Thario’s Kitchen: Family Feels and Home Cooking on Santa Claus Lane
I, like so many others, have childhood memories of burgers, the beach, and that larger than life bearded, jolly man looming over Santa Claus Lane. Growing up on the road with traveling artists as parents, we stopped at countless little, quirky resting points along the way, but something about Santa Claus Lane sticks in the memory. Each visit – no matter what time of year – felt like Christmas (even for this little Jewish boy) with presents of cheeseburgers and trinket shopping at the stores dotted down the street.
These days, with a seemingly endless amount of construction along the 101, it can be easy to avoid the highway and forget that there is more happening on Santa Claus Lane than the coming of a certain cannabis dispensary (and the Letters to the Editor it inspires). This summer I decided to head over to that historic stretch of lane for a visit to Thario’s Kitchen. As I pulled off the detoured exit, waiting for the Caltrans worker to wave me through, I counted three cars that pulled out of the line in impatience. In an increasingly more hurried world, someone will drive somewhere else 10 minutes away if they have to wait in line for one. In this case, it was four minutes (I timed it) before I was let through and made my way to Thario’s Kitchen.
The name Thario’s is a mashup of wife-husband duo, Thaïs and Mario Rios. Thaïs is the chef and crafts each dish with her blend of familial and professional experience. She is half-Brazilian and half-Belgian, growing up in a large, food-centric family. Over the years she learned every facet of the food industry from working catering, hotel gigs, and restaurant jobs. It was because of a restaurant she owned in Hollywood that she met Mario. A rent spike of two to three times from the restaurant’s property owner resulted in her losing the establishment. While fighting it, she and her attorney would come into the courthouse where Mario was working. After a while of making eyes at one another in the hallways and around the computer, they finally struck up a conversation. This led to a lunch, and ultimately, love. In the courthouse, Mario was working as a legal document assistant for an attorney’s office and found his job becoming obsolete as the internet streamlined these services. The two of them began discussing the idea of starting a restaurant together and found the place along Santa Claus Lane.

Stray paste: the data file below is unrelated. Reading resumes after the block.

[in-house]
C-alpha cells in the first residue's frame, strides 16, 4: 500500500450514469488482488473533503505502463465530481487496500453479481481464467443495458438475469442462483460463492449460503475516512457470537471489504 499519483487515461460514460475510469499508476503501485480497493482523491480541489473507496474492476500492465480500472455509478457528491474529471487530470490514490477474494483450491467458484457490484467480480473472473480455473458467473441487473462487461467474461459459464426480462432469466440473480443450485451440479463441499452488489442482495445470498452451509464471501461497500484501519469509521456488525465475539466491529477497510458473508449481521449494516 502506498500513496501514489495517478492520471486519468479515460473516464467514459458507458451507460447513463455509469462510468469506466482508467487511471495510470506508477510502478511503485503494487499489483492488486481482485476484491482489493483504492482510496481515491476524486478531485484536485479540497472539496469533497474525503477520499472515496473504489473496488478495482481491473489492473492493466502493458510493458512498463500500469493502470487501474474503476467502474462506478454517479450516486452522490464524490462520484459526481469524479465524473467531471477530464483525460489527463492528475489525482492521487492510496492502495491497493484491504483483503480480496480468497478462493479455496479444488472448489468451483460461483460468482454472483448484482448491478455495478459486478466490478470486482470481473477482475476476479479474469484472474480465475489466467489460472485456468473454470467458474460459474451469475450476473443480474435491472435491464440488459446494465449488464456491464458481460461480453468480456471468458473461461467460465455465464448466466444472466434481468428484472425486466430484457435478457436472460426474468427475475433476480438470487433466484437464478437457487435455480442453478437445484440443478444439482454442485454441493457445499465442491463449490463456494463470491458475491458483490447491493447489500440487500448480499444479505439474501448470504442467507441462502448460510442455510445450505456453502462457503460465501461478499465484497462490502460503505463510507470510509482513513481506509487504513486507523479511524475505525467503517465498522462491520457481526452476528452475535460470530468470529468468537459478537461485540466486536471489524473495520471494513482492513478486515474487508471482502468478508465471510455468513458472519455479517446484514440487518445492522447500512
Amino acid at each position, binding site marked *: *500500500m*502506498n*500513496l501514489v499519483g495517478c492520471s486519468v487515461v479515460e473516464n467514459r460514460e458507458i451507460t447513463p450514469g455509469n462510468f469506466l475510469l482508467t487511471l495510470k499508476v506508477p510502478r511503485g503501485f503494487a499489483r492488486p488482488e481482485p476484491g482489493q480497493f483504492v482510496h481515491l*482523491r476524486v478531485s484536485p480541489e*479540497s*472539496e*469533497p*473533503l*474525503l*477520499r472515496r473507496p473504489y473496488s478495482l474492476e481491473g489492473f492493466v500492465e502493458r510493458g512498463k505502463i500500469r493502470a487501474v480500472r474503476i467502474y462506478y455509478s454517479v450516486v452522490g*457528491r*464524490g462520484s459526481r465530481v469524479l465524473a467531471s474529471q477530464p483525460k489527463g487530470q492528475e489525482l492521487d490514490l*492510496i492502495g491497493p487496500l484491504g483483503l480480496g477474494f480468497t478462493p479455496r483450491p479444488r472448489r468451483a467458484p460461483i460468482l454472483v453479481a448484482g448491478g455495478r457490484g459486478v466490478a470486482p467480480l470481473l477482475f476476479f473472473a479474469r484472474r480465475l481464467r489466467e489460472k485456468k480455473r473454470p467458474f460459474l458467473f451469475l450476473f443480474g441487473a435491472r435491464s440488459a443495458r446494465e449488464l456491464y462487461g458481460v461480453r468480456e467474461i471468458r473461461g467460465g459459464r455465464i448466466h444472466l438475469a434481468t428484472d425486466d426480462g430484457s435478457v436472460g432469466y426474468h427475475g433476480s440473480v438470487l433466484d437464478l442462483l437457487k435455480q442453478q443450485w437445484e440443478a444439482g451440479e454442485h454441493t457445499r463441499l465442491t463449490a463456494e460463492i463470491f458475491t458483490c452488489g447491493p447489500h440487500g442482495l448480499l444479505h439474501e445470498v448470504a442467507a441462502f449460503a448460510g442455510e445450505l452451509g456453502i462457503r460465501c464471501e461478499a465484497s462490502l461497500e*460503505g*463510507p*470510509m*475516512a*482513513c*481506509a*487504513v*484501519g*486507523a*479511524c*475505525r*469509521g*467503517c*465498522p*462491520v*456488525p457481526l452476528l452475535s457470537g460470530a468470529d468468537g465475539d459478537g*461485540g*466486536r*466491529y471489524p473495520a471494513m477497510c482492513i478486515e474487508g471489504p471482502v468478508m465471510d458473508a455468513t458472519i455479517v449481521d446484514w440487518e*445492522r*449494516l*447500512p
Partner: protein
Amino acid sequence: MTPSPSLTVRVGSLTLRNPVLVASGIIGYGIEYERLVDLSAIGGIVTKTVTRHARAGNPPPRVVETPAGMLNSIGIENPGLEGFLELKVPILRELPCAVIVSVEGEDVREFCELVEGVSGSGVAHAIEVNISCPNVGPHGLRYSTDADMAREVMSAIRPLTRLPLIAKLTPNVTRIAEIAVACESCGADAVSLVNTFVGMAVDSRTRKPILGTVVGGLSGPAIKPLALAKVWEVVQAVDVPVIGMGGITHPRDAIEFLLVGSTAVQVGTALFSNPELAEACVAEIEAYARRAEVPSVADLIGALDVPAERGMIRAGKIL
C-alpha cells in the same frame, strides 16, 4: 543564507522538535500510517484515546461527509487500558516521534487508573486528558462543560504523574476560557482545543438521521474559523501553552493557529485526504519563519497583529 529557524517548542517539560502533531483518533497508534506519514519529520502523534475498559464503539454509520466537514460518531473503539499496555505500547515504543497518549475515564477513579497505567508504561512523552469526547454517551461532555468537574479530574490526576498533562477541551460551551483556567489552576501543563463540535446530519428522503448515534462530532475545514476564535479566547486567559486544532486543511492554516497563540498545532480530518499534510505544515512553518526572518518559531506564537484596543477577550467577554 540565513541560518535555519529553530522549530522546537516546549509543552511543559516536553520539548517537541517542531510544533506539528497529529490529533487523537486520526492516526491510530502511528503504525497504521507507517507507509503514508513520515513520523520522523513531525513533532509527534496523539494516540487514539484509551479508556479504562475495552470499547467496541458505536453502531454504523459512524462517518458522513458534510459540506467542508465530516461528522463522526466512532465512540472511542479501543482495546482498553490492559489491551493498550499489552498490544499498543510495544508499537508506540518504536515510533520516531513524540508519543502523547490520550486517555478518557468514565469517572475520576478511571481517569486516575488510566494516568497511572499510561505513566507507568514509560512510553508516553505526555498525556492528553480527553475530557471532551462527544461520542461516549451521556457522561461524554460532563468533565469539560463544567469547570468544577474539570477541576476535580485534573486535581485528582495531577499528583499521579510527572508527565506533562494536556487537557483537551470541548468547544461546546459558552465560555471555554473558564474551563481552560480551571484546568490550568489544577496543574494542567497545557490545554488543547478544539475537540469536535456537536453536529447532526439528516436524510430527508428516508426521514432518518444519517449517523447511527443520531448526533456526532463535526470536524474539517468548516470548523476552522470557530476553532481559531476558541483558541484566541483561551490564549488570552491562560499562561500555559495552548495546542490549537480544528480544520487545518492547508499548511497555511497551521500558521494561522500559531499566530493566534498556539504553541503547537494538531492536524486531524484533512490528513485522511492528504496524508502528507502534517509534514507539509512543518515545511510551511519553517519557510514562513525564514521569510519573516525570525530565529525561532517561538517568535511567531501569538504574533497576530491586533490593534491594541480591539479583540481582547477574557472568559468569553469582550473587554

Of course, this was in 2019 right before COVID, and we all know what happened after that. The construction along Santa Claus Lane has added another layer of difficulty for Thario’s and the other businesses along the iconic lane. One side is now open with the other side’s construction set to wrap up in January, however a bike lane addition and widening of Santa Claus Lane planned for next year promise to bring even more hardship to them and other establishments on the lane.
Despite this, the couple has persisted and built a following by crafting rustic, Italian-style cuisine surrounded by a warm atmosphere with the goal being to “welcome you at our home.” The outside dining area is filled with lush plantings and the inside settings feels like a family living room with toys and a game table put out for kids to play.